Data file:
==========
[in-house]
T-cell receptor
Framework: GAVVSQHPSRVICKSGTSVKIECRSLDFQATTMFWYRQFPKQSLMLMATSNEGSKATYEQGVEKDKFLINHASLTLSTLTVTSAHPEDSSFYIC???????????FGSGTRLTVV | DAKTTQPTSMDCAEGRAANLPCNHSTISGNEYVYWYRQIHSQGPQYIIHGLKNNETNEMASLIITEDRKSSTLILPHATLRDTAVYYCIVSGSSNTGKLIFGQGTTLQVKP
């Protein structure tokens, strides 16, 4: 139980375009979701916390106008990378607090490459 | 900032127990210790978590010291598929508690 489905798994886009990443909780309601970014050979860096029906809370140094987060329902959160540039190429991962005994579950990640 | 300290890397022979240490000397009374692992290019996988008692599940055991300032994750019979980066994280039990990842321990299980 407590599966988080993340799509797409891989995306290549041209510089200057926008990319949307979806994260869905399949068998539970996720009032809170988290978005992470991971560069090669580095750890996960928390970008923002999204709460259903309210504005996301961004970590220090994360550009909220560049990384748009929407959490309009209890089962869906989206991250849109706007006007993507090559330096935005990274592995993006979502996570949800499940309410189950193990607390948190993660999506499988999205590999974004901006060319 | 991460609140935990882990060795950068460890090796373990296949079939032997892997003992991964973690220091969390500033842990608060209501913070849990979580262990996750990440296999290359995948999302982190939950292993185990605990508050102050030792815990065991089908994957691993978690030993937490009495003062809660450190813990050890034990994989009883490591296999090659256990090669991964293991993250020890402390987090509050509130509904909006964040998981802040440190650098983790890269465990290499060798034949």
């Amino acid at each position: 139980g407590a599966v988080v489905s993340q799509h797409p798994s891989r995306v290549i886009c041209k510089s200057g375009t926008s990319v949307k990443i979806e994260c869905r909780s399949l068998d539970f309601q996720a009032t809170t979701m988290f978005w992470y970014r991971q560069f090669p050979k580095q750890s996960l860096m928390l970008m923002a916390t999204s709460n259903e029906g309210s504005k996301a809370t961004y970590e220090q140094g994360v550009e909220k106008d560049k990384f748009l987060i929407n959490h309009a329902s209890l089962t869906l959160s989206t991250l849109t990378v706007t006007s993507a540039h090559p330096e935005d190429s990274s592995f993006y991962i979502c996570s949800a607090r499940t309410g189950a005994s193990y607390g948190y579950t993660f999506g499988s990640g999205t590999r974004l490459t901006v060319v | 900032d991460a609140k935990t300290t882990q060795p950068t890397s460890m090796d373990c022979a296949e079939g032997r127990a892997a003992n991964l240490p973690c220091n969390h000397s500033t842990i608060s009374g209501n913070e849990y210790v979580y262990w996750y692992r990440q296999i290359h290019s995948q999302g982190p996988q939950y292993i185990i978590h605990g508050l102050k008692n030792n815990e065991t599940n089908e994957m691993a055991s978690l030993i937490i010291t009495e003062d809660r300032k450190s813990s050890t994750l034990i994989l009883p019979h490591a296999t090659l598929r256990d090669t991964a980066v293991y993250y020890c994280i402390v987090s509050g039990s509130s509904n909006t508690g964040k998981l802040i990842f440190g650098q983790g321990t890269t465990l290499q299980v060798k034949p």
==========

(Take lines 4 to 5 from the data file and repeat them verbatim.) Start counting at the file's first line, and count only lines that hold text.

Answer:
């Protein structure tokens, strides 16, 4: 139980375009979701916390106008990378607090490459 | 900032127990210790978590010291598929508690 489905798994886009990443909780309601970014050979860096029906809370140094987060329902959160540039190429991962005994579950990640 | 300290890397022979240490000397009374692992290019996988008692599940055991300032994750019979980066994280039990990842321990299980 407590599966988080993340799509797409891989995306290549041209510089200057926008990319949307979806994260869905399949068998539970996720009032809170988290978005992470991971560069090669580095750890996960928390970008923002999204709460259903309210504005996301961004970590220090994360550009909220560049990384748009929407959490309009209890089962869906989206991250849109706007006007993507090559330096935005990274592995993006979502996570949800499940309410189950193990607390948190993660999506499988999205590999974004901006060319 | 991460609140935990882990060795950068460890090796373990296949079939032997892997003992991964973690220091969390500033842990608060209501913070849990979580262990996750990440296999290359995948999302982190939950292993185990605990508050102050030792815990065991089908994957691993978690030993937490009495003062809660450190813990050890034990994989009883490591296999090659256990090669991964293991993250020890402390987090509050509130509904909006964040998981802040440190650098983790890269465990290499060798034949």
């Amino acid at each position: 139980g407590a599966v988080v489905s993340q799509h797409p798994s891989r995306v290549i886009c041209k510089s200057g375009t926008s990319v949307k990443i979806e994260c869905r909780s399949l068998d539970f309601q996720a009032t809170t979701m988290f978005w992470y970014r991971q560069f090669p050979k580095q750890s996960l860096m928390l970008m923002a916390t999204s709460n259903e029906g309210s504005k996301a809370t961004y970590e220090q140094g994360v550009e909220k106008d560049k990384f748009l987060i929407n959490h309009a329902s209890l089962t869906l959160s989206t991250l849109t990378v706007t006007s993507a540039h090559p330096e935005d190429s990274s592995f993006y991962i979502c996570s949800a607090r499940t309410g189950a005994s193990y607390g948190y579950t993660f999506g499988s990640g999205t590999r974004l490459t901006v060319v | 900032d991460a609140k935990t300290t882990q060795p950068t890397s460890m090796d373990c022979a296949e079939g032997r127990a892997a003992n991964l240490p973690c220091n969390h000397s500033t842990i608060s009374g209501n913070e849990y210790v979580y262990w996750y692992r990440q296999i290359h290019s995948q999302g982190p996988q939950y292993i185990i978590h605990g508050l102050k008692n030792n815990e065991t599940n089908e994957m691993a055991s978690l030993i937490i010291t009495e003062d809660r300032k450190s813990s050890t994750l034990i994989l009883p019979h490591a296999t090659l598929r256990d090669t991964a980066v293991y993250y020890c994280i402390v987090s509050g039990s509130s509904n909006t508690g964040k998981l802040i990842f440190g650098q983790g321990t890269t465990l290499q299980v060798k034949p």